Ida or IDA may refer to:
- Ida (given name), a female name
- Ida of Bernicia (died 559), 6th Century king in Northern England
- Ida (goddess), a Vedic goddess
Other articles related to "ida":
... The posthumous papers of Ida Hahn-Hahn include around 730 autograph units, consisting of around 520 letters written by her and more than 180 letters written to her, as well as ...
... Saint Ida may refer to several Catholic saints Itta (died 652), wife of Pepin of Landen and mother of Saint Begga Saint Ita (also known as Ida), an Irish nun Ida of Herzfeld (c. 788–813), widow of a Saxon duke Ida of Lorraine (1040–1113) ...
... recurring Detective Sergeant Sowman was the policeman on duty when the call came through that Ida Barlow was missing ... When he matched the description Ida's husband Frank gave him to an earlier incident, he sent an officer around to give the Barlows the news that Ida had died ...
... Ida Clough Coronation Street character Portrayed by Helene Palmer Duration 1978–88, 1995–98 First appearance 3 April 1978 Last appearance 19 August 1998 Profile Date of birth ... Ida first appeared in 1978 she was a machinist at Baldwin's casuals and was always militant and behind anyone who wanted to strike ... In 1980 Ida went head to head with Ivy Tilsley to become The union leader,but she lost out to Ivy ...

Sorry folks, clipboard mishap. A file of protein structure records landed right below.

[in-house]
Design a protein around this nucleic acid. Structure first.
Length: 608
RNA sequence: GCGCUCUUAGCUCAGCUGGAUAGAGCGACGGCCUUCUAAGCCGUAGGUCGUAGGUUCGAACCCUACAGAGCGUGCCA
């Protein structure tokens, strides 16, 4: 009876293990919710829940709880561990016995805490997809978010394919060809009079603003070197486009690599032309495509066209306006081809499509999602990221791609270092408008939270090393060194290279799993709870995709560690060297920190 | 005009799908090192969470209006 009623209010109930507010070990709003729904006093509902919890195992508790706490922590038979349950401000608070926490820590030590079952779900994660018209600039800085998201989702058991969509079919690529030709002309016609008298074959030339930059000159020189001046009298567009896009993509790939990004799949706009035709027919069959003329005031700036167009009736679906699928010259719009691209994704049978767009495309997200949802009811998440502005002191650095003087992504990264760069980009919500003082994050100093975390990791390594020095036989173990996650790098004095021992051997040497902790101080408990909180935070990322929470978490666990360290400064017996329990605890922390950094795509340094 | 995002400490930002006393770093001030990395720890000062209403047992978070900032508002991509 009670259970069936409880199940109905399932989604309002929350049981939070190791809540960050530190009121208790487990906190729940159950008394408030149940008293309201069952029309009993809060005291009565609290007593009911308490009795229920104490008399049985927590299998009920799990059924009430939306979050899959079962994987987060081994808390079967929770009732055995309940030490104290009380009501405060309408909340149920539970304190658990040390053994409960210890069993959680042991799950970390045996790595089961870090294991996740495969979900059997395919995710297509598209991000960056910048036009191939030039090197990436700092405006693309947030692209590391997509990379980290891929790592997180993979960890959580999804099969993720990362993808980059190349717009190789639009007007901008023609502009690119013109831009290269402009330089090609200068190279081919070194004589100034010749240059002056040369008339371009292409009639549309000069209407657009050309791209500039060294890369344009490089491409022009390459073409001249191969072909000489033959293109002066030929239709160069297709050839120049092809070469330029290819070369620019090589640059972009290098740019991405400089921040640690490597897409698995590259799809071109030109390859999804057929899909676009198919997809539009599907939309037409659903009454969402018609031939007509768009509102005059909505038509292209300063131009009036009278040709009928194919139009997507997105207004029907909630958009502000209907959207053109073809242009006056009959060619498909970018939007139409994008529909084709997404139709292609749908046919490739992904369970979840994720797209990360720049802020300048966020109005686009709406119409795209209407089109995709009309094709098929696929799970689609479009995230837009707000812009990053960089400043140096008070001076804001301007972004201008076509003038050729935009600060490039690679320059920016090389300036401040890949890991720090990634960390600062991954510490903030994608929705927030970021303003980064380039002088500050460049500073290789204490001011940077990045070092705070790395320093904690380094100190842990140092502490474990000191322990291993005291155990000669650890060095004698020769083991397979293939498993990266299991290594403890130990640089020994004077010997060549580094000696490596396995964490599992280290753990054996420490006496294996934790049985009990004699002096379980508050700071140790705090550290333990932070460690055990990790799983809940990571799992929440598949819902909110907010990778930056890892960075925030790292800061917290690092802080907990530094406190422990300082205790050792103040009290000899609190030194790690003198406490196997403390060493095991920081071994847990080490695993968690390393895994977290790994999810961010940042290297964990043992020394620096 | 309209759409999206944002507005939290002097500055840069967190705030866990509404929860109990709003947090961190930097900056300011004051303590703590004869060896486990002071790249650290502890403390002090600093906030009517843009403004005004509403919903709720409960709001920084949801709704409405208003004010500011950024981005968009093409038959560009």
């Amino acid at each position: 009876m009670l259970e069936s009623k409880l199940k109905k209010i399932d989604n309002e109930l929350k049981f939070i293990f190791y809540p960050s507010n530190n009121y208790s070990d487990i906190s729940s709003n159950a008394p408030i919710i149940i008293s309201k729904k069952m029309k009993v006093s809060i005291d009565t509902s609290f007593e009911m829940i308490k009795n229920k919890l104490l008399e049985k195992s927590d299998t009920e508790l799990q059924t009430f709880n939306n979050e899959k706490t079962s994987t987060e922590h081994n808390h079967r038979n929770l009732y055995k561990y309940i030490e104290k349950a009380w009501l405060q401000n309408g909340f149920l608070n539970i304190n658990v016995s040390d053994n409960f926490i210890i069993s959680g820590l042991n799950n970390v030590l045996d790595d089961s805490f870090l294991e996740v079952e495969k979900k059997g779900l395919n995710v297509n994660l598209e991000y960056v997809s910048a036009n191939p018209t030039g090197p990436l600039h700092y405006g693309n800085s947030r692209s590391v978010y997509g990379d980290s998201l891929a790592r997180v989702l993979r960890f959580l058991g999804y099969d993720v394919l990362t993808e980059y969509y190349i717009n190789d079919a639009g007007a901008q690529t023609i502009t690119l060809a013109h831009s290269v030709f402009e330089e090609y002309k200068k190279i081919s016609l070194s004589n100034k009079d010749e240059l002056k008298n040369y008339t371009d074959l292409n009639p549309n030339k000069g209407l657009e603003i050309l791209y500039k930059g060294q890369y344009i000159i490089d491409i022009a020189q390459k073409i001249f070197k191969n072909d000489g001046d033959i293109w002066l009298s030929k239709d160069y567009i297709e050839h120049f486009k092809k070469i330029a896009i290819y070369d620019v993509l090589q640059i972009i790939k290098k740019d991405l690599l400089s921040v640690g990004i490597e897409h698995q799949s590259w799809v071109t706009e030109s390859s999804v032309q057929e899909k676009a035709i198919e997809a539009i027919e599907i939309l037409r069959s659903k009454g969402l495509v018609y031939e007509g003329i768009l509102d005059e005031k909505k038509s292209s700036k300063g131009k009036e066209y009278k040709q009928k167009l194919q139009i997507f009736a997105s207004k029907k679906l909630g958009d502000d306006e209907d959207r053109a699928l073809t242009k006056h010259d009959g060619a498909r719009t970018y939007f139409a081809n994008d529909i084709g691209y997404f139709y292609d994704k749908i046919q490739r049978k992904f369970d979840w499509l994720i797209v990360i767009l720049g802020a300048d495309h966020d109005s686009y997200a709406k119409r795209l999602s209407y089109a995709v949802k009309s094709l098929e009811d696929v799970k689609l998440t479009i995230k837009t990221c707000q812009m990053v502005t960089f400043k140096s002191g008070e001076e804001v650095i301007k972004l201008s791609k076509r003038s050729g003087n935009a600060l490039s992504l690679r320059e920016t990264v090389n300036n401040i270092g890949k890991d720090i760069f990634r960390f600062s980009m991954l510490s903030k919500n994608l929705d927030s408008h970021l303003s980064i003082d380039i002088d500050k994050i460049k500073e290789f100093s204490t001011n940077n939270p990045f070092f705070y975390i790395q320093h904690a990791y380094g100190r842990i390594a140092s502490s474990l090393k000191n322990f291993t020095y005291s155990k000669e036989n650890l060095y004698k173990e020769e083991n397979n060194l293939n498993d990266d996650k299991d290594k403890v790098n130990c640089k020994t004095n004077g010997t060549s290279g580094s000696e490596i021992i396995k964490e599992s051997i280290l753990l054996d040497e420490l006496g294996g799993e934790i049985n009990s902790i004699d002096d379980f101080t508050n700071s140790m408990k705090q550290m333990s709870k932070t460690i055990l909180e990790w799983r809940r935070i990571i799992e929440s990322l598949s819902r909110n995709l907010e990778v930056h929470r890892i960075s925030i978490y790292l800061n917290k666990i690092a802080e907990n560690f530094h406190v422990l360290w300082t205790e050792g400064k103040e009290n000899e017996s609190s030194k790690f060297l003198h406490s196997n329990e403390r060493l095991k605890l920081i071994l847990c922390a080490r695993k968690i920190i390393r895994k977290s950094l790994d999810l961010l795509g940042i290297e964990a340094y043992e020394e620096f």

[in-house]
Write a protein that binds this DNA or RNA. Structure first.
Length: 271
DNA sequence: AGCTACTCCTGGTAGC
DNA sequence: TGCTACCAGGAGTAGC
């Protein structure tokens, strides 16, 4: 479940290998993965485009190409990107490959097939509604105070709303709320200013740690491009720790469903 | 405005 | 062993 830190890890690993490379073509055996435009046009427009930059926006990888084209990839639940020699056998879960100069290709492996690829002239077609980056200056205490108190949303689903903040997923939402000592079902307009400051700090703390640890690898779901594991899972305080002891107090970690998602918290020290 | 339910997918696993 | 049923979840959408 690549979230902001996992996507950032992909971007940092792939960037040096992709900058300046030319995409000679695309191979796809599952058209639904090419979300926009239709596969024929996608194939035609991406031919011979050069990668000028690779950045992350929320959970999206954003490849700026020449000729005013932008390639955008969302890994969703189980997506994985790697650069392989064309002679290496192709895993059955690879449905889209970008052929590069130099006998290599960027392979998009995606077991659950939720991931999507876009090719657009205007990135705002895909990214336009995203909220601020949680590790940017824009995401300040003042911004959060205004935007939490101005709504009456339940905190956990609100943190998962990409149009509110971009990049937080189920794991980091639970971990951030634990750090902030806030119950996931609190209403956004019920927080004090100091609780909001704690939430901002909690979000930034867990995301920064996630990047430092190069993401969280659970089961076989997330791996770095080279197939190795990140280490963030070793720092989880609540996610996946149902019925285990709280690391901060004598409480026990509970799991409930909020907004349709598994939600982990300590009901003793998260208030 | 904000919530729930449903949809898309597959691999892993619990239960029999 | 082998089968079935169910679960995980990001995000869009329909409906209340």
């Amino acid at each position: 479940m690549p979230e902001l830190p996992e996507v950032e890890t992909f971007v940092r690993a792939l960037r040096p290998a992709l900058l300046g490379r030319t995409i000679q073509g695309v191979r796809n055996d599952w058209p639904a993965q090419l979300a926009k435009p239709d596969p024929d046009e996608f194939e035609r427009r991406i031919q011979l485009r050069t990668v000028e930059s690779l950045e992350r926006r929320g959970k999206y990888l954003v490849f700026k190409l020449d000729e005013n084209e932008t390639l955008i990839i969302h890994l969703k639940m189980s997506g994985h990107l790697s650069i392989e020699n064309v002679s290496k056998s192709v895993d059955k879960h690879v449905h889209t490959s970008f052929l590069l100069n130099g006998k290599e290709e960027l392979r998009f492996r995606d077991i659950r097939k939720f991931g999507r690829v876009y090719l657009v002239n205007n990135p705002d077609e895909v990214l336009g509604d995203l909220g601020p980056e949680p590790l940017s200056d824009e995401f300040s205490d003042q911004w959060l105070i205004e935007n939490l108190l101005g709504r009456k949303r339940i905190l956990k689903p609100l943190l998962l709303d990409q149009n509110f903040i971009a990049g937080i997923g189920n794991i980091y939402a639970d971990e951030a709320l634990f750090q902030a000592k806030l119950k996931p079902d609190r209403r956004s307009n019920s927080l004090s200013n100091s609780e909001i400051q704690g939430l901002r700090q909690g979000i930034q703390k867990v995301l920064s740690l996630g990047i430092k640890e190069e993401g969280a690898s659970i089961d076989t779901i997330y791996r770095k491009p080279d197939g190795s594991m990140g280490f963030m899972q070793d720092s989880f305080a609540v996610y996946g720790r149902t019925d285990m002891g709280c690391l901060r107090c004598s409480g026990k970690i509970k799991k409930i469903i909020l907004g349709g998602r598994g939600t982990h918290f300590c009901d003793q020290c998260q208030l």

... Voiced by Aiko (Ada), Yuko (Ida) Ada and Ida are the two villagers of the Water Drop Kingdom ...
Famous quotes containing the word ida:
“There are two great unknown forces to-day, electricity and woman, but men can reckon much better on electricity than they can on woman.”
—Josephine K. Henry, U.S. suffragist. As quoted in History of Woman Suffrage, vol. 4, ch. 15, by Susan B. Anthony and Ida Husted Harper (1902)
“Before any woman is a wife, a sister or a mother she is a human being. We ask nothing as women but everything as human beings.”
—Ida C. Hultin, U.S. minister and suffragist. As quoted in History of Woman Suffrage, vol. 4, ch. 17, by Susan B. Anthony and Ida Husted Harper (1902)
“It is my conviction that women are the natural orators of the race.”
—Eliza Archard Connor, U.S. suffragist. As quoted in History of Woman Suffrage, vol. 4, ch. 9, by Susan B. Anthony and Ida Husted Harper (1902)